"You said you didn't know whether you were or not. Very likely you don't know—yet. Probably last night's—er—seizure was unexpected, like a chill. Or a fever; perhaps fever is the better word. He had it first, and close contact spreads contagion...Now, now, don't fly up again. I may not sound as if I were earnest, but I am. This Bradford boy of yours is, so far as I know, a decent, agreeable young fellow. I was willing you and he should be acquainted."

"Acquainted! Why, Grandmother, you yourself asked him to call here. You said—"

"I know, I know. I asked him to call because I—well, for various reasons. I wanted to know him better, and so I told you he might call. I forgot—which was silly of me—that there were dangers of that contagion I just mentioned."

"Grandmother, don't you like Banks?"

"Like him? Certainly I like him. He is good-looking, and I like pretty things—and men; always did. Then he is the image of his father, and I suppose that—"

"Yes? Why do you stop?"

Mrs. Truman shrugged. "Because I was getting away from my subject and wasting time. People of my age are likely to be garrulous, I suppose. Elizabeth, you know this Banks Bradford better than I do. Is he—well, do you think him the sort of person who might go just so far with anything and then lose his nerve? Is he what young people nowadays call a quitter, do you think?"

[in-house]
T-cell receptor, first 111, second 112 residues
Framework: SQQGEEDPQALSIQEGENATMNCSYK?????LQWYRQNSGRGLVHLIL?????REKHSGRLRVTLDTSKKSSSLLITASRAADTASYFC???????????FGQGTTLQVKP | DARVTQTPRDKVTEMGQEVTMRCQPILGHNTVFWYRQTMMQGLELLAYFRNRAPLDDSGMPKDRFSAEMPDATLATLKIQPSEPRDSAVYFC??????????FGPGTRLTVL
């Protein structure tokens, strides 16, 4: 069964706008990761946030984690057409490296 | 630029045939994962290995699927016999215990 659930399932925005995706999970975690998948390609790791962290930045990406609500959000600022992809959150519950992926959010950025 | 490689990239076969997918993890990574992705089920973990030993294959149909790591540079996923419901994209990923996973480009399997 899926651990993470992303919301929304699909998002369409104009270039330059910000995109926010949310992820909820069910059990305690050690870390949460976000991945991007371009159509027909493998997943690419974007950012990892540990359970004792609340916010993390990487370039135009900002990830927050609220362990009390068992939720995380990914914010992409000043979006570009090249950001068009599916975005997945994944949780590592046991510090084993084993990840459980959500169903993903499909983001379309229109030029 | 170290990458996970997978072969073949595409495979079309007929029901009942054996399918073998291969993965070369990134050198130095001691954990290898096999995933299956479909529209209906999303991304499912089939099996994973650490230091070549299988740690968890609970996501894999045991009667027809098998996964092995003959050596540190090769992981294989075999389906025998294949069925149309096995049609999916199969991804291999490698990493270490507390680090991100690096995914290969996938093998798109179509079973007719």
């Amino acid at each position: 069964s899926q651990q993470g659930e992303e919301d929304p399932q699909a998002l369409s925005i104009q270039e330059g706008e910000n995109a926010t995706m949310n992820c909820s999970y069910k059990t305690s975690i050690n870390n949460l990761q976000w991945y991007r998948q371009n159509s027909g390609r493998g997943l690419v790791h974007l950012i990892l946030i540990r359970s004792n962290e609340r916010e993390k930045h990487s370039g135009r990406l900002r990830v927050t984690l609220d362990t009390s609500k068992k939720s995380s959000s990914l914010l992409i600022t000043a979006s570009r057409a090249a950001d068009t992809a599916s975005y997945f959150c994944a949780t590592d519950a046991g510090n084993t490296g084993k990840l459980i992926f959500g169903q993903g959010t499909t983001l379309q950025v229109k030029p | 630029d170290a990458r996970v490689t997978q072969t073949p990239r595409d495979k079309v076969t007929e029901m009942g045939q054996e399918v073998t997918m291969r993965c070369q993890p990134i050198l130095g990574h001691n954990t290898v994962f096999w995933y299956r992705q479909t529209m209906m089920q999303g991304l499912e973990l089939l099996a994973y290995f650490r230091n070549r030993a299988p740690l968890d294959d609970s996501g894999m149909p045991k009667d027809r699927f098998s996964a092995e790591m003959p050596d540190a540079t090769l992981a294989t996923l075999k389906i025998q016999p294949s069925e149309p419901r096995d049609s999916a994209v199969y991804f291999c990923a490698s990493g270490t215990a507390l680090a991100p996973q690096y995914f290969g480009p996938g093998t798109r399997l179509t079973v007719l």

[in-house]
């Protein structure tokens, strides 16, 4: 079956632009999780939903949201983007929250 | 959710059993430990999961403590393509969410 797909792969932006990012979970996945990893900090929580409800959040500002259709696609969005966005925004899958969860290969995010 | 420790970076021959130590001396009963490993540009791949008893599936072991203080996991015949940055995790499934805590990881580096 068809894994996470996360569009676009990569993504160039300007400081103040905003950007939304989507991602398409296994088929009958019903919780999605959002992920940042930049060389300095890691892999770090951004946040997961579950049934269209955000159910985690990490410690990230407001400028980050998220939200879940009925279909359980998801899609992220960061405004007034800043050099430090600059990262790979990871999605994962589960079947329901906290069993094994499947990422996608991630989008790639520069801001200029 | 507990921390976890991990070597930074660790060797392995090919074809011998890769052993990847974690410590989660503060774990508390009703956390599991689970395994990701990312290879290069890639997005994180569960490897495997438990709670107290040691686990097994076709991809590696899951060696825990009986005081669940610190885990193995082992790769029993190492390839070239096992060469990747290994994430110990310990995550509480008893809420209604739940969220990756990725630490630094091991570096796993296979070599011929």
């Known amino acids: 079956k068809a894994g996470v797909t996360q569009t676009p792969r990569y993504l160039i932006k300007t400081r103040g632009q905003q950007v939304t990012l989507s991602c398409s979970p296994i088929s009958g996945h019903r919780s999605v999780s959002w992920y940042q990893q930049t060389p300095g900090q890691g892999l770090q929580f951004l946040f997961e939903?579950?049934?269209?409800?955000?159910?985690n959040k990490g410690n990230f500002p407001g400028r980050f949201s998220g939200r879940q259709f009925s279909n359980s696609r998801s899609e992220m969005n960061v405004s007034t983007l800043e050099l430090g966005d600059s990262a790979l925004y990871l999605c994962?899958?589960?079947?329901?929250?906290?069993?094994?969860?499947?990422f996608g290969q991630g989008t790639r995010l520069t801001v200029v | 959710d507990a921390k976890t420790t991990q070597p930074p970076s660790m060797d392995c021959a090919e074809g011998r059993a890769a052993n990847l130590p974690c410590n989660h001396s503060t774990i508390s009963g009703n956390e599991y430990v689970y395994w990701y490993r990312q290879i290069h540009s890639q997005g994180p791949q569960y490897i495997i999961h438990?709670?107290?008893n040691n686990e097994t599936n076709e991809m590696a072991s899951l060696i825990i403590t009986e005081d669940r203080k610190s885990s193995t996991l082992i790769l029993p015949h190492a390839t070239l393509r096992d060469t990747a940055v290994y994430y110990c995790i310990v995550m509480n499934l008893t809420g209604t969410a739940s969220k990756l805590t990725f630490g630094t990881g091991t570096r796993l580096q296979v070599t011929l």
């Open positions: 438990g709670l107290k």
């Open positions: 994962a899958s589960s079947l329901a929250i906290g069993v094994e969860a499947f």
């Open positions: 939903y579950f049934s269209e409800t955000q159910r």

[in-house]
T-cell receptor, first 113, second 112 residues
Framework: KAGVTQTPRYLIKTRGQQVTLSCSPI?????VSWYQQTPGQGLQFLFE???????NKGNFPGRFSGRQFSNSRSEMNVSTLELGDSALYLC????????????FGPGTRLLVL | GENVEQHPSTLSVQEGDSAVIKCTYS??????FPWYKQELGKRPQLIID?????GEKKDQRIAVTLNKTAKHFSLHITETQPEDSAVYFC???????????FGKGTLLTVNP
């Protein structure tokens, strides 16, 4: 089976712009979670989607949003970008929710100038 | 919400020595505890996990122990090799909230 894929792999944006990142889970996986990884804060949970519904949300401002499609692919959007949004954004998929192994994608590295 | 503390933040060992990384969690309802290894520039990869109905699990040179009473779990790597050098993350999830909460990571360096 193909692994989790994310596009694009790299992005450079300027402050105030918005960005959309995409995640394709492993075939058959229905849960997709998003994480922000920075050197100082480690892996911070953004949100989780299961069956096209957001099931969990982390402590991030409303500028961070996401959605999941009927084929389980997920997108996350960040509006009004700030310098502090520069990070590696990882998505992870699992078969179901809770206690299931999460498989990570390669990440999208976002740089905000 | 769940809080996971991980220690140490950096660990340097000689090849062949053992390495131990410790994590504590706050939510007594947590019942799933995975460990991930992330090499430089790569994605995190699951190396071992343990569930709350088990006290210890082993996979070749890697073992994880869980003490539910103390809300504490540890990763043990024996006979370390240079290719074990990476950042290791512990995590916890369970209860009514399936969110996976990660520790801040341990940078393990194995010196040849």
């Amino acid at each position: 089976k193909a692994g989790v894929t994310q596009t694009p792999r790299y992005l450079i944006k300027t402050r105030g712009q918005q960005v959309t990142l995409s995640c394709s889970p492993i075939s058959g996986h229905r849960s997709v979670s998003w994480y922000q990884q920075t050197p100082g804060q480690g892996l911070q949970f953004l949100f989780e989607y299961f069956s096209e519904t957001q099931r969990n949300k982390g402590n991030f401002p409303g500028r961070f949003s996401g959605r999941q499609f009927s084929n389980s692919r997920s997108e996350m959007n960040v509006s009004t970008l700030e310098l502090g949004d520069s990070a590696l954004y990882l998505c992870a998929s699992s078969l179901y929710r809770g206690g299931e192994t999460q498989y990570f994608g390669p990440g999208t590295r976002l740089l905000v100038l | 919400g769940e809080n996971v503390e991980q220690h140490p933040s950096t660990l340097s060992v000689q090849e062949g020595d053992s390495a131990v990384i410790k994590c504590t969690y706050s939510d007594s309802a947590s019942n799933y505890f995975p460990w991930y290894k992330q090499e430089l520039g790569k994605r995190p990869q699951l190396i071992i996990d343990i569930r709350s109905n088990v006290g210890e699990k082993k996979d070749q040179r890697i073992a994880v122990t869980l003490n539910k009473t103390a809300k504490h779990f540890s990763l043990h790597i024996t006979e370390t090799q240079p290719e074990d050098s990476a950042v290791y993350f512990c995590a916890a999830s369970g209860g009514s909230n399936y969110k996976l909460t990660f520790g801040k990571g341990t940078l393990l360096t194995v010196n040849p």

"A quitter? A coward, do you mean? No," said the girl indignantly, "he isn't. I am sure he isn't. Why do you ask that? What makes you think such a thing?"

For just an instant Mrs. Truman's self-control seemed to slip. "Think!" she snapped, with a savage little laugh. "Think! He is a Bradford, isn't he? Ha! Think, indeed!"

The girl stared at her in utter amazement. "What DO you mean, Grandmother?" she demanded.

Her grandmother bit her lip. Then she shook her head ruefully. "I AM getting old," she muttered; "I must be. Oh, I don't mean anything, child...Hush! Let me do the talking. I want to get through with all this as soon as I can. Elizabeth, you and I are pretty nearly to the end of our rope."

Elizabeth said nothing. The statement meant nothing—to her understanding.

Her grandmother misinterpreted her silence. "Listen!" she ordered impatiently. "For heaven's sake stop thinking about that—that boy and listen to something of importance. Are you listening?"